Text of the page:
J.D. Martinez Would be a Perfect Fit for the Red Sox This Offseason
The 30-year old brings a much needed power bat to the heart of Boston's lineup.
When the Arizona Diamondbacks acquired J.D. Martinez at the trade deadline, I wrote a short article about how Martinez would thrive playing in the hot, dry weather in Arizona. Coming from Detroit, where he hit 38 home runs in 2015, to a climate where the ball flies. Well, that is exactly what happened: Martinez came to Arizona with 16 homers, and within 62 games with the Diamondbacks, he hit an astounding 29 homers. He was a big reason Arizona even made the postseason in 2017, finishing the season with a .303 average and 45 bombs.
Arizona failed to make a qualifying offer for the power-hitting outfielder, so he now becomes a free agent. Martinez has recently linked up with super agent Scott Boras, who handles a ton of major leaguers. There have been reports that Boras wants a $200 million contract for Martinez. A lofty number yes, but there is no doubt that clubs out there can definitely afford it. That is where the Red Sox come in.
Boston is a fit.
Never mind the fact that Dave Dombrowski and the front office at Fenway have the money. It is about the value of Martinez to this organization. If we look at Boston last year, the one area that jumps out on the page is their lack of power in the lineup. Mookie Betts hit 24 home runs last season, and he led the Sox in homers. Next was Mitch Moreland, Andrew Benintendi, and Hanley Ramirez, who all hovered around the 20 homer mark. They hit just 168 homers as a team this past season, which ranked them third last in the big leagues to the Padres and Giants.
Martinez would bring a bat to the middle of this lineup who can hit home runs on a very consistent basis. If you look at his swing, he has an uppercut stroke, and he is trying to lift the ball in the air and give it a chance to sail into the bleachers. As a right-handed hitter playing at Fenway, with the short porch in left field, the number of homers he could hit could be mind-boggling. The one thing Martinez does extremely well is getting to that inside pitch, even if it is three inches off the plate. With his quick hands, getting the barrel to a ball that much inside, he could be keeping a lot of balls fair as they sail over the green monster.
With an already stellar outfield with Mookie Betts, Jackie Bradley Jr., and Andrew Benintendi, I do not know how much playing time JD would get in the outfield. But that is the beauty of the American league. He could be a DH for Boston. This gives him even more of an advantage because he is literally focusing on just one thing: swinging the bat and producing offensively.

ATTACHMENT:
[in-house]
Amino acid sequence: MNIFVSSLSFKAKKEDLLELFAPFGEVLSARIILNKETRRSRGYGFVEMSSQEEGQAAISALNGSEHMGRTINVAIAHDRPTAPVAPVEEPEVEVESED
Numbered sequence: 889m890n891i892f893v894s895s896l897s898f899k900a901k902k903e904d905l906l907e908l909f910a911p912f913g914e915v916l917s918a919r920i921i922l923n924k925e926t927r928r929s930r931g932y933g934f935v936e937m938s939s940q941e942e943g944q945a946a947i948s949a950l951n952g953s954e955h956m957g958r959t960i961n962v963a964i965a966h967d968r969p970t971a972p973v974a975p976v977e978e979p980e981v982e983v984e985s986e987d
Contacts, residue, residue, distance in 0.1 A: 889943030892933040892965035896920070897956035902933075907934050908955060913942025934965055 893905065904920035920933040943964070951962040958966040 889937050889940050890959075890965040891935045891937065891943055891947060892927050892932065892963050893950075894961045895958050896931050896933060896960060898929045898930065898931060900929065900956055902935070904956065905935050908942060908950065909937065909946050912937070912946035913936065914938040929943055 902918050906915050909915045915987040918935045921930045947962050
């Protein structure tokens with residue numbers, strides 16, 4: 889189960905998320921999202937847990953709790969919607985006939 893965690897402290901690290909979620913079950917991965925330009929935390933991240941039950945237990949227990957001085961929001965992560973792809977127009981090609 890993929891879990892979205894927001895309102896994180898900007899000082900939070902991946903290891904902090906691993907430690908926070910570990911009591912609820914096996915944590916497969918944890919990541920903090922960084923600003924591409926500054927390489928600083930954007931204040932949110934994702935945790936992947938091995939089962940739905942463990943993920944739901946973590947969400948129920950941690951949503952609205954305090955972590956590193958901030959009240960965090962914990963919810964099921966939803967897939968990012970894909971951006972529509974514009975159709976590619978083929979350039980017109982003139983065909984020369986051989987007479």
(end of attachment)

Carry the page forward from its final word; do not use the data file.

There is the talent aspect of Martinez's game, but there is another category where he adds a boost to any club: his mental makeup. As a big leaguer, you need to be so mentally strong at all times. It's baseball. You are going to endure a lot of failures. He is one of the few players I have watched who does not get frustrated and let his emotions get the best of him. This is the type of player the Red Sox could definitely use in their clubhouse.
Let's just put this in perspective: the last two seasons, the Red Sox won the AL East, but then failed to make it past the Divison series, in which they lost to Cleveland in 2016, followed by the Astros this past September. Even with the lack of a power bat in their lineup, they were still able to win one of the most difficult divisions in baseball. Their pitching staff is a topic for another day. But, what if they had this type of power bat who could hit 45 homers in a season, just like Big Papi used to on a yearly basis for the Sox? It would make a very big difference for this club.
Deeper Look Into Martinez's Numbers
According to Statcast metrics, Martinez was truly one of the best hitters in the majors in 2017. According to a mlb.com Statcast article, Martinez has been atop the big league in a number of categories in the last couple of seasons, as well. We also have to take into consideration he did not start playing until May because of a foot injury, and still, he put up these types of numbers.
xwOBA combines a player's strikeouts, walks, and quality of contact on batted balls to produce an offensive metric that removes the opposing defense from the equation. Martinez had a .423 xwOBA in 2017, ranking him fourth in the big leagues.
Another area where Martinez thrived was homer rate. From July 19 onward, he homered on 5.4 percent of his swings, which put him second behind just Giancarlos Stanton at 6.4 percent, who hit a major league-leading 59 homers in 2017.
Barrel rate. This metric combines exit velocity and launch angle, which determines how hard a ball comes off the bat. Since 2015, Martinez ranks second in the bigs with 182 barreled balls. Pretty impressive.
The last one is especially important. Slugging on pitches 95 mph and greater. This stat really proves how good of a hitter a player is based on his ability to barrel up heaters coming at such a fast speed. He slugged 1.023 in 2017, the best among big leaguers. His talent to square up some of the best arms in the game and take them deep is second to none.
All of these topics I discussed are factors that come in, and there is no doubt organizations out there are looking at these same categories when trying to decide which players to sign. The numbers speak for themselves for J.D.
Like I said, the Red Sox have the money. If they were to make any move to strengthen their offense this offseason, J.D. Martinez is the answer.